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Moms are subjected to more scrutiny, but binge drinking has increased in nearly all groups of adults in the past decade, a new study from the Mailman School of Public Health has found.
Among adults, frequent use of marijuana rose by 23% and cannabis use disorder increased by 37% in Colorado, Washington, Alaska, and Oregon, the first states to legalize marijuana for recreational use.
How to provide high-quality care—and pay for it—remains a critical public health debate. Three Mailman policy experts discuss the feasibility of single-payer and other options.
- April 16, 2018
Childhood exposure to flame retardant chemicals has declined—but not disappeared—since a 2004 phaseout of PBDEs in consumer products, Mailman researchers have found.
- April 6, 2018
With a new grant from the U.S. President’s Malaria Initiative, Mailman’s ICAP will support the implementation of quality malaria diagnosis and treatment services in Ethiopia.
- March 6, 2018
The working group will help Columbia scientists and physicians make their expertise available to policymakers involved in global health security.
- March 1, 2018
Mailman scientists have developed a system that accurately predicts—six weeks in advance—the geographic spread of seasonal influenza in the United States.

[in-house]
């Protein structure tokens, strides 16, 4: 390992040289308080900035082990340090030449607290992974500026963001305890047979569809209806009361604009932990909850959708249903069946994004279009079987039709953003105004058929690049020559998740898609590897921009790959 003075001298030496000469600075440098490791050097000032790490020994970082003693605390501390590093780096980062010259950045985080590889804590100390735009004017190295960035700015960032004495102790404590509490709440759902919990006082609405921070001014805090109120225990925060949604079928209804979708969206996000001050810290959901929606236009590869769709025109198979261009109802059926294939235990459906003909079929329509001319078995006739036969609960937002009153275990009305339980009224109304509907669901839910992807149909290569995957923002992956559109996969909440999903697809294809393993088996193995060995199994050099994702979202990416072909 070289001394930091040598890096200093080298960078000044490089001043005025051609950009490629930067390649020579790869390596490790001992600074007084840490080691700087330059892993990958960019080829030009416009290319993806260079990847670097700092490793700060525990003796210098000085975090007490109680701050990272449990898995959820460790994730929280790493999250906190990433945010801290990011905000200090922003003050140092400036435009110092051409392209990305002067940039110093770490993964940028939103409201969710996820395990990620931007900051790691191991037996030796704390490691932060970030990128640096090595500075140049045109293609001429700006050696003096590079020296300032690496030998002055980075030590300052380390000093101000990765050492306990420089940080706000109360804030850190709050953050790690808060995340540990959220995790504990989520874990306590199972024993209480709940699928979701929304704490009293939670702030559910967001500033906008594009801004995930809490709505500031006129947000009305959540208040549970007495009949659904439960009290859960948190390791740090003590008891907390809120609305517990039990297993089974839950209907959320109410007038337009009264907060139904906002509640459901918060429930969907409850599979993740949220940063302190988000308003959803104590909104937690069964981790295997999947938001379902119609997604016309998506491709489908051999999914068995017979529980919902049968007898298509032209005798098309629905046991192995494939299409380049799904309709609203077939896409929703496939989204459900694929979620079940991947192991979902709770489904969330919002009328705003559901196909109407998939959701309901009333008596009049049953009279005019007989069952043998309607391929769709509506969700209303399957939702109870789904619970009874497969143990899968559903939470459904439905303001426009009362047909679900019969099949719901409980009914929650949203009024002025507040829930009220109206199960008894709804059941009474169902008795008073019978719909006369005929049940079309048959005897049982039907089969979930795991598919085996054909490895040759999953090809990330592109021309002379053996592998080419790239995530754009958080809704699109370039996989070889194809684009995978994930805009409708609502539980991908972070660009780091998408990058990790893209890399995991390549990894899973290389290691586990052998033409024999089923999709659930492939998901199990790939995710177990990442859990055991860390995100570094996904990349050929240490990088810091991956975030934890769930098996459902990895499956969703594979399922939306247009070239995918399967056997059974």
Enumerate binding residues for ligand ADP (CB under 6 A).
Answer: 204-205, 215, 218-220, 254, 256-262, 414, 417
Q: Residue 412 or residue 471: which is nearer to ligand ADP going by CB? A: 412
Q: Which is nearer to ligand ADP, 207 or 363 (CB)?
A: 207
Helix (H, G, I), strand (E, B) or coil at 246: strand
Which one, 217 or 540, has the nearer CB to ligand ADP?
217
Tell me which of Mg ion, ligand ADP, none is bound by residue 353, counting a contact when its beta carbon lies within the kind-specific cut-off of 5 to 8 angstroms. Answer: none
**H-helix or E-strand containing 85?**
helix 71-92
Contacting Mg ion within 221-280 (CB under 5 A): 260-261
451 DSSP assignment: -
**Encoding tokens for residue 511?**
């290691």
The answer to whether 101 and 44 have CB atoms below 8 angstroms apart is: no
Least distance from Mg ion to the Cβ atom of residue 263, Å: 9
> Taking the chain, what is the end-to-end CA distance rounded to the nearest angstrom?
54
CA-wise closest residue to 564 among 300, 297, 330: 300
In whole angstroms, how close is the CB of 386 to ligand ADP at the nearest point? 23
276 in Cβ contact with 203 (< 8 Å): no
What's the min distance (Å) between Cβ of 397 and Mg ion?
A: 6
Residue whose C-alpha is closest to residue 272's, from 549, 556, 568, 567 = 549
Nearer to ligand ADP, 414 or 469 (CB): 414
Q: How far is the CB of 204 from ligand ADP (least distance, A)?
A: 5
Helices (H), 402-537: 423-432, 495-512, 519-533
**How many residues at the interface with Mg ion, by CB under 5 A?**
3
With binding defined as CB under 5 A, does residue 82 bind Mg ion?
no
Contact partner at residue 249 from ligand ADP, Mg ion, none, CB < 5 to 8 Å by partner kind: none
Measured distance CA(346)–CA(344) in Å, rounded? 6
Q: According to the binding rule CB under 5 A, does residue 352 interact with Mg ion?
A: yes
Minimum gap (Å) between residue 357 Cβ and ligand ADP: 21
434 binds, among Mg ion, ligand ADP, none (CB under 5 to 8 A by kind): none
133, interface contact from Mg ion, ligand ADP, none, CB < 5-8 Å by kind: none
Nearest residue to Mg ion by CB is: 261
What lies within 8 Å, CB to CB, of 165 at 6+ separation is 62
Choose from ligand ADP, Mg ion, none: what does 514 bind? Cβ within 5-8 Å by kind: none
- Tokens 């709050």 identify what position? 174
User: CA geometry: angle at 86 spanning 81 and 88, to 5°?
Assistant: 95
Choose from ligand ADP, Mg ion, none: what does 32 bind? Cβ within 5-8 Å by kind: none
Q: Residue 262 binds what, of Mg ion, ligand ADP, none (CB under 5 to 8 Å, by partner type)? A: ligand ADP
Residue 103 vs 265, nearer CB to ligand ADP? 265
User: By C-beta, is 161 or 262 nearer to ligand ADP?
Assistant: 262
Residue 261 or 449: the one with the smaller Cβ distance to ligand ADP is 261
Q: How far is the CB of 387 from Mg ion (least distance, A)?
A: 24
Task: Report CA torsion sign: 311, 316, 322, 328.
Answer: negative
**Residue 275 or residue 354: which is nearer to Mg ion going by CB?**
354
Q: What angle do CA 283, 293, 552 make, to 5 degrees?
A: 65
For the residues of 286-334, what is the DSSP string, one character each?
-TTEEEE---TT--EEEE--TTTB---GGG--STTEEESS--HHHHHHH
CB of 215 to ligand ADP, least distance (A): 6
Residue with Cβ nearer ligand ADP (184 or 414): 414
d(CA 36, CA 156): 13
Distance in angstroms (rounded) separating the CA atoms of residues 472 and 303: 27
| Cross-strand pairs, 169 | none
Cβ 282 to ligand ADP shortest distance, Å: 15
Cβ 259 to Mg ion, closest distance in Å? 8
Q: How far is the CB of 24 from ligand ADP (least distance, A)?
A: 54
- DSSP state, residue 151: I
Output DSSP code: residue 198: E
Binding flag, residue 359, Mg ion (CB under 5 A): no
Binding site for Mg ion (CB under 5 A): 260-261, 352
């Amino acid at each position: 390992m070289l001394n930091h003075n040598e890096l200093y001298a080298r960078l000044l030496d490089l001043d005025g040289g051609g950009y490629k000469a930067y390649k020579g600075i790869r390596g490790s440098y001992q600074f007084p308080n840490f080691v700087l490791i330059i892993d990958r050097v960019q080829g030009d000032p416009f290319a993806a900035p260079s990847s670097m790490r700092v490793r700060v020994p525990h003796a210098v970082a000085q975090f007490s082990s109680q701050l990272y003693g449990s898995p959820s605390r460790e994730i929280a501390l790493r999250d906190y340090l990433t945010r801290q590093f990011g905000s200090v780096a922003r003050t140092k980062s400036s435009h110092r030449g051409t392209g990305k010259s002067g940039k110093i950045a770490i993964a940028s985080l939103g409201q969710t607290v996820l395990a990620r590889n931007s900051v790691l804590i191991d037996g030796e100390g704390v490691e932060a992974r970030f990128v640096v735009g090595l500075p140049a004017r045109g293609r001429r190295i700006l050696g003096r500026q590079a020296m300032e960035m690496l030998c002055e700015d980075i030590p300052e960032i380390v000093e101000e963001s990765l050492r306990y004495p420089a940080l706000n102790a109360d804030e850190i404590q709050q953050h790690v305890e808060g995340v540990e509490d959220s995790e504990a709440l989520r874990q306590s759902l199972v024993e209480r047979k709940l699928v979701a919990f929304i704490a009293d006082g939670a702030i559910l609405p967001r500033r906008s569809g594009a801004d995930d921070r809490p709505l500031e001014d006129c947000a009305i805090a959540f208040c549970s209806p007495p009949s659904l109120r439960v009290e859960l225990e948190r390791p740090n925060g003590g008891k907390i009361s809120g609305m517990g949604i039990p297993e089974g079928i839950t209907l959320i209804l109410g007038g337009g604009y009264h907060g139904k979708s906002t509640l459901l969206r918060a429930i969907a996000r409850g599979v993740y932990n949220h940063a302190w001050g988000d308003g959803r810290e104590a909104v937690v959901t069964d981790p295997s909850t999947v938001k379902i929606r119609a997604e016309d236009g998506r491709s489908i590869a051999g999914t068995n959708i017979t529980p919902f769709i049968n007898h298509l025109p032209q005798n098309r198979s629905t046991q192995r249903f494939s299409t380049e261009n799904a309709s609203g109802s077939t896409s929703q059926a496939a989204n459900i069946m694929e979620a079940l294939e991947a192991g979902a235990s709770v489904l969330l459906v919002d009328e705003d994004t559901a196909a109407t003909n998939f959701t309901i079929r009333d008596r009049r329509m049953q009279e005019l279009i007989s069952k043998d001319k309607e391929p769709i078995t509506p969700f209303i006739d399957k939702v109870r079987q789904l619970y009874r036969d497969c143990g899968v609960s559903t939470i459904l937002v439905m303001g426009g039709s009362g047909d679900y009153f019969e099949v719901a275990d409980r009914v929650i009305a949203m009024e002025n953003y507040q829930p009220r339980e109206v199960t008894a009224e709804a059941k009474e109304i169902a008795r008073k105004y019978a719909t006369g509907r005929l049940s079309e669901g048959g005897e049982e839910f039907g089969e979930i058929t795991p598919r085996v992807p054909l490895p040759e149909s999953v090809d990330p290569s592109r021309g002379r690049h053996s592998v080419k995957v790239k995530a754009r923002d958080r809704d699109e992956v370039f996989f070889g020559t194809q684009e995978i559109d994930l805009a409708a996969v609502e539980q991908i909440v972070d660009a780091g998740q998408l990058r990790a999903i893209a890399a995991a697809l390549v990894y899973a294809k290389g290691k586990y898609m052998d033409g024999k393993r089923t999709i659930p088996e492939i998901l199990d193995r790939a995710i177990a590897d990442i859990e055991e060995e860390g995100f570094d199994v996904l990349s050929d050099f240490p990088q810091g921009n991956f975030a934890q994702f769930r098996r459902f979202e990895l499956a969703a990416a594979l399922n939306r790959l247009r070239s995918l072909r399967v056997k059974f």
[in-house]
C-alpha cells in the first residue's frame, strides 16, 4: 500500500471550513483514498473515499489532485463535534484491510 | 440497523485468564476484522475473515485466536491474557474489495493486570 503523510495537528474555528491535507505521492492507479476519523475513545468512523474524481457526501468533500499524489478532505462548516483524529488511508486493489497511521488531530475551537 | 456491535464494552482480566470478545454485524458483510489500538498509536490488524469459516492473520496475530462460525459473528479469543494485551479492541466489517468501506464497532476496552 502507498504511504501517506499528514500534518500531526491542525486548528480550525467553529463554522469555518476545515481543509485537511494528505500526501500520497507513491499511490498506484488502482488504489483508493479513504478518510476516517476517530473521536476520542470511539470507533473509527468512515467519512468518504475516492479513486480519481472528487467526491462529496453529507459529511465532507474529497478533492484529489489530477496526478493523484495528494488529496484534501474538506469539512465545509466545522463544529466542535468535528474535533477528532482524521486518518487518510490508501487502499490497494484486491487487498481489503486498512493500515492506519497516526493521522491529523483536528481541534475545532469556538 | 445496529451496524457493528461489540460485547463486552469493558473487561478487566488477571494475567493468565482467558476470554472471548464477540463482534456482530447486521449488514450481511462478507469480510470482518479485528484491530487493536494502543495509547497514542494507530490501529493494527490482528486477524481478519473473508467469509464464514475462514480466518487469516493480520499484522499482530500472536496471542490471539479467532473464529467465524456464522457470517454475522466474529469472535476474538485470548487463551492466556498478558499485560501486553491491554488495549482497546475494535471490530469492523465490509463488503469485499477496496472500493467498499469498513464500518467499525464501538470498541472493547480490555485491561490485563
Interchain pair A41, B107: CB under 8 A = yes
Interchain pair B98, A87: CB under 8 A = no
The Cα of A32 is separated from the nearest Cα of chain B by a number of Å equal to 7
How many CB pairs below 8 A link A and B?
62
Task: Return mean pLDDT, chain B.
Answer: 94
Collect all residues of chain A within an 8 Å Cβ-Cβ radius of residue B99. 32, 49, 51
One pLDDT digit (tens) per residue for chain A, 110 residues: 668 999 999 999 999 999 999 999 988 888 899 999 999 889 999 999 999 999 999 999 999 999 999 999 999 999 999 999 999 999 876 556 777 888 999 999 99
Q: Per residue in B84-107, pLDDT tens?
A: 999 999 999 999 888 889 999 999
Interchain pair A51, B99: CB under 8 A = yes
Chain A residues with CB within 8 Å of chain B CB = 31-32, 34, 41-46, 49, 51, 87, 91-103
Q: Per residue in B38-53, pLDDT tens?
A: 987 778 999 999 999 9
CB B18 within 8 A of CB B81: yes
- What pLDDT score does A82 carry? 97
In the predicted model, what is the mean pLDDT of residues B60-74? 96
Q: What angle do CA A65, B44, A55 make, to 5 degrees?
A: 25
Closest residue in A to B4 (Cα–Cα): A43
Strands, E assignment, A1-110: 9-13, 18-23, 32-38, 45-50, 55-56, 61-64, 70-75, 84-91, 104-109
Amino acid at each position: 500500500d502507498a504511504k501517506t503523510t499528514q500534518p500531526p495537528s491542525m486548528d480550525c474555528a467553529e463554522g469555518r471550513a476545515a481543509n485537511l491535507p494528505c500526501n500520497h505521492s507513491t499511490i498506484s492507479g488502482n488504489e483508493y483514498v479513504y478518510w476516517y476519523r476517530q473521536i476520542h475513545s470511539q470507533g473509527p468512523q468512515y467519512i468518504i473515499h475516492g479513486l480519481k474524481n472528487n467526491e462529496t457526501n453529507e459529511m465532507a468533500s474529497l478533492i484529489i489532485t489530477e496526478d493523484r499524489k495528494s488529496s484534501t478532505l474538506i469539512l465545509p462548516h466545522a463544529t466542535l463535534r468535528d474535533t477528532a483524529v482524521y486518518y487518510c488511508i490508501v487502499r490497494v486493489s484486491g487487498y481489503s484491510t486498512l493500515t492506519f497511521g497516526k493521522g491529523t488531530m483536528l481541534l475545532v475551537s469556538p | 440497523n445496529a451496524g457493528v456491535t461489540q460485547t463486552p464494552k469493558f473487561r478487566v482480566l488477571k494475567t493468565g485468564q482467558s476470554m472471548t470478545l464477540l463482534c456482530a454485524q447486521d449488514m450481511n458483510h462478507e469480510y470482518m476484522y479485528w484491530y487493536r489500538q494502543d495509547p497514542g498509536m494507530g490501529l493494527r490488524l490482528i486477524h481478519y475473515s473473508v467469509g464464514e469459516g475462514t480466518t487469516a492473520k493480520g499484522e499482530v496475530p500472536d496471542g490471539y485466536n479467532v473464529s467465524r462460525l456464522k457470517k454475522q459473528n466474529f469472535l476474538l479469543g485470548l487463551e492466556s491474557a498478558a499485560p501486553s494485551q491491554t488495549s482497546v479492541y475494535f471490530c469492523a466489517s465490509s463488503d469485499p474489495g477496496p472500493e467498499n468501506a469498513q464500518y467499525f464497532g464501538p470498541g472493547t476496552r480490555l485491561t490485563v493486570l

- February 27, 2018
The reduction in gun violence in poor neighborhoods could translate into hundreds of fewer shootings every year for cities affected by blighted spaces.
- February 16, 2018
In a new article in Science, historians at the Mailman School of Public Health challenge claims that the sugar industry paid scientists in the 1960s to play down the link between sugar and heart disease.
- February 5, 2018
A park placed over sections of the Cross-Bronx Expressway would save money and lives, according to an analysis from Mailman researchers.
- January 12, 2018
A study that identifies a litany of mutations that allow the malaria-causing parasite to become resistant to drugs has also identified potential new ways to kill the parasite.
- December 19, 2017
A new modeling study suggests the Cure Violence program combined with law enforcement can achieve more to reduce violence than either approach alone.